JSNH&B • Spring 2009 • vol. 2 no. 1

The Mother Lode

by Snowy Range Reflections staff


La Veta Madre. The Mother Lode.

Mother Lode mapThis term is used to describe the rich veins of gold coursing through the Gold Country. Originally the term covered a limited area — about 120 miles from Bear Valley to Auburn. However, “Mother Lode” quickly came to describe the entire gold bearing regions along the Highway 49 corridor.

According to most sources, the term “Mother Lode” was first used near Nashville in El Dorado County in 1848. Nashville was one of the first quartz mining locales in the area.

California’s Mother Lode was extraordinarily productive. Statistics from the California Department of Conservation, Divisions of Mines and Geology, indicate that from 1848 to 1967, California was the source of more than 106 million troy ounces of gold — by far the most of any state in the union. Mineral extraction was through placer mining (or finding readily available nuggets in sand, gravel or on the surface); hydraulic mining (washing away hillsides to sever the golden glint); or hard rock mining (burrowing underground to follow the veins of gold usually locked in a quartz matrix). The placer deposits in the Mother Lode are rich and of particularly high quality. In the earliest days of the Gold Rush the yield of surface riches was high — estimates of $81 million in 1852 alone.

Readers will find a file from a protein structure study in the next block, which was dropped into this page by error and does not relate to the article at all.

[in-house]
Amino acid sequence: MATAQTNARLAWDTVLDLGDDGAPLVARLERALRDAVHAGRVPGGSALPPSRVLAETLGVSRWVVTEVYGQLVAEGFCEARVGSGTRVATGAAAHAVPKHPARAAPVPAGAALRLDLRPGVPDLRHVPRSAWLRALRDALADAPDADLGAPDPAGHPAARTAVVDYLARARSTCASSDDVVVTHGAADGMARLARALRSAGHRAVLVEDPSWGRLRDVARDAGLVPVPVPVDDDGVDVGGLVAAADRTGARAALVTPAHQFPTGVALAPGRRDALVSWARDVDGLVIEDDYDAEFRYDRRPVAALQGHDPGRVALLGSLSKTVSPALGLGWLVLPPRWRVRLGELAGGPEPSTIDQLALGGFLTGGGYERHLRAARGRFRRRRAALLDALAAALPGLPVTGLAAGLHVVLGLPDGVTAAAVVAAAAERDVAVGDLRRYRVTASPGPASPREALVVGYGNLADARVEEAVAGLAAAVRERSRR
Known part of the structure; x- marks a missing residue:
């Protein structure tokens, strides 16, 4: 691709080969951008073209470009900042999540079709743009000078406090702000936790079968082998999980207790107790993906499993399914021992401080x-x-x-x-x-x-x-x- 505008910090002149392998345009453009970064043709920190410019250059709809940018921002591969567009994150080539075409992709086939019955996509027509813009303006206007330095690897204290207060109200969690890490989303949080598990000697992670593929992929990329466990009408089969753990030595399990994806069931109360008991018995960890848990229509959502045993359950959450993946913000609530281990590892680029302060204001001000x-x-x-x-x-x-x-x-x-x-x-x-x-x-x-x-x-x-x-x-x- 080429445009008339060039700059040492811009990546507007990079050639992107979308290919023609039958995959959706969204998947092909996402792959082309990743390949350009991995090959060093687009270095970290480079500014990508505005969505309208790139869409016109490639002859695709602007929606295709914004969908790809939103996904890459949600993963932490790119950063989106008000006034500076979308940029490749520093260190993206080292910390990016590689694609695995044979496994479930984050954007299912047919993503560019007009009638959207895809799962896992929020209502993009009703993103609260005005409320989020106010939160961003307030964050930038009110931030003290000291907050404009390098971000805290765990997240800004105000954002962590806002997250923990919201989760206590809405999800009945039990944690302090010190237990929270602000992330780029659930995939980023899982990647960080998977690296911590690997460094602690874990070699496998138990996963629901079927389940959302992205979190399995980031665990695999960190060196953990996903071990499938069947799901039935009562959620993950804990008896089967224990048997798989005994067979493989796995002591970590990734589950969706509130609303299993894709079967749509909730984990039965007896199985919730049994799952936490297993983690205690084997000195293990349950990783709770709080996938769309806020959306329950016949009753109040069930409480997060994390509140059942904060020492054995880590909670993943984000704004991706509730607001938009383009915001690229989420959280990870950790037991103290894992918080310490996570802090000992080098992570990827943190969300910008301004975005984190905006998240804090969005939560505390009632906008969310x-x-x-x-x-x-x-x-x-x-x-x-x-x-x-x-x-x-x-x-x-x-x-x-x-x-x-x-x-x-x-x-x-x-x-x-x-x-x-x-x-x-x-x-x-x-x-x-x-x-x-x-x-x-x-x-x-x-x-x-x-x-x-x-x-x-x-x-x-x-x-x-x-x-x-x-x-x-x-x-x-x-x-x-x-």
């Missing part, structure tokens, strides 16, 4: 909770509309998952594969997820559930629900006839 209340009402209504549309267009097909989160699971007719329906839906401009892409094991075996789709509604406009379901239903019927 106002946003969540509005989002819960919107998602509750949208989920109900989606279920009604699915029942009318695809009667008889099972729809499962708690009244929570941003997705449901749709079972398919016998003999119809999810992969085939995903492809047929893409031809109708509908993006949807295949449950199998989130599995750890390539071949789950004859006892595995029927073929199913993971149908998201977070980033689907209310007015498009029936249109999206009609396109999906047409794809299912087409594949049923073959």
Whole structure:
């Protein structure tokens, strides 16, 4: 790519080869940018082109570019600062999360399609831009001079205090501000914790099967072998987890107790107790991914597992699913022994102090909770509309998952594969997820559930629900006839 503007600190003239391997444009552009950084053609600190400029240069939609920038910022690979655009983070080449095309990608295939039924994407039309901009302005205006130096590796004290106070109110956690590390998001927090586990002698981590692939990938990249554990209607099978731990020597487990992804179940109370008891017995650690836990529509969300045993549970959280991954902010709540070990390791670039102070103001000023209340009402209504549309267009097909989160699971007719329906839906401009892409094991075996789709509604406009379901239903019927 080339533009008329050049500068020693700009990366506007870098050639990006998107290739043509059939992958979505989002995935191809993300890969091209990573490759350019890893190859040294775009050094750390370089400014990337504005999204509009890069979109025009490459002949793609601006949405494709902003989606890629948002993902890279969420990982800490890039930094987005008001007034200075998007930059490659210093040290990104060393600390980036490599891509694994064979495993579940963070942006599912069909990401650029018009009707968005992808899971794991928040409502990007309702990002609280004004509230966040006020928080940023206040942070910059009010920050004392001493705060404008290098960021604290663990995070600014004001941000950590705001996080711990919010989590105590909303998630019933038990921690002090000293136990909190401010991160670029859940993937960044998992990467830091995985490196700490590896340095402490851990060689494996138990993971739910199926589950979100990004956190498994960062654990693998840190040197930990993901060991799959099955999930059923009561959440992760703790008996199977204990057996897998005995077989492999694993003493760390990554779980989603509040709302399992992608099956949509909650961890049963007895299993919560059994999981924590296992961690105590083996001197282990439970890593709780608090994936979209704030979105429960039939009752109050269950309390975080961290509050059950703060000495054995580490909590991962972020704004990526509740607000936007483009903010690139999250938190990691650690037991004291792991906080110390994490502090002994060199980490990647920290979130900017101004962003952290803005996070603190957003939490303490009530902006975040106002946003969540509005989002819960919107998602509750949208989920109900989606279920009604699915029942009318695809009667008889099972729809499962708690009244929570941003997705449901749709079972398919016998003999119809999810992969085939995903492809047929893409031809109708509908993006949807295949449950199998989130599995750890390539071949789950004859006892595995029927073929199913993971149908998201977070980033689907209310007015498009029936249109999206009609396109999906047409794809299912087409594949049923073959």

From Surface to Underground

However, the surface gold was quickly exhausted and the vastly more productive underground mining took precedence. Throughout the Gold Country, the veins were interlaced. A 1970 Division of Mines and Geology Bulletin provides the scientific particulars: “The veins usually range from one to 10 feet in thickness and consist of quartz with some calcite and ankerite. They fill minor thrust faults. Many veins contain several generations of quartz.There are numerous northeast-striking, vertical or steeply-dipping fractures or ‘crossings’ that commonly are boundaries of ore shoots.California map 1859 The ore contains free gold and varying amounts of sulfides, chiefly pyrite. Present in smaller amounts are galena, chalcopyrite, arsenopyrite, sphalerite, and pyrrhotite. Galena is commonly associated with gold.

The ore shoots vary considerably in size and shape, and the distribution of gold within the shoots is erratic. Some have pitch lengths of up to several thousand feet, and the veins have been developed to inclined depths of as much as 11,000 feet. Much specimen ore has been found, but milling ore usually averaged from 0.25 to 0.5 ounce of gold per ton.”

La Veta Madre.
The Mother Lode.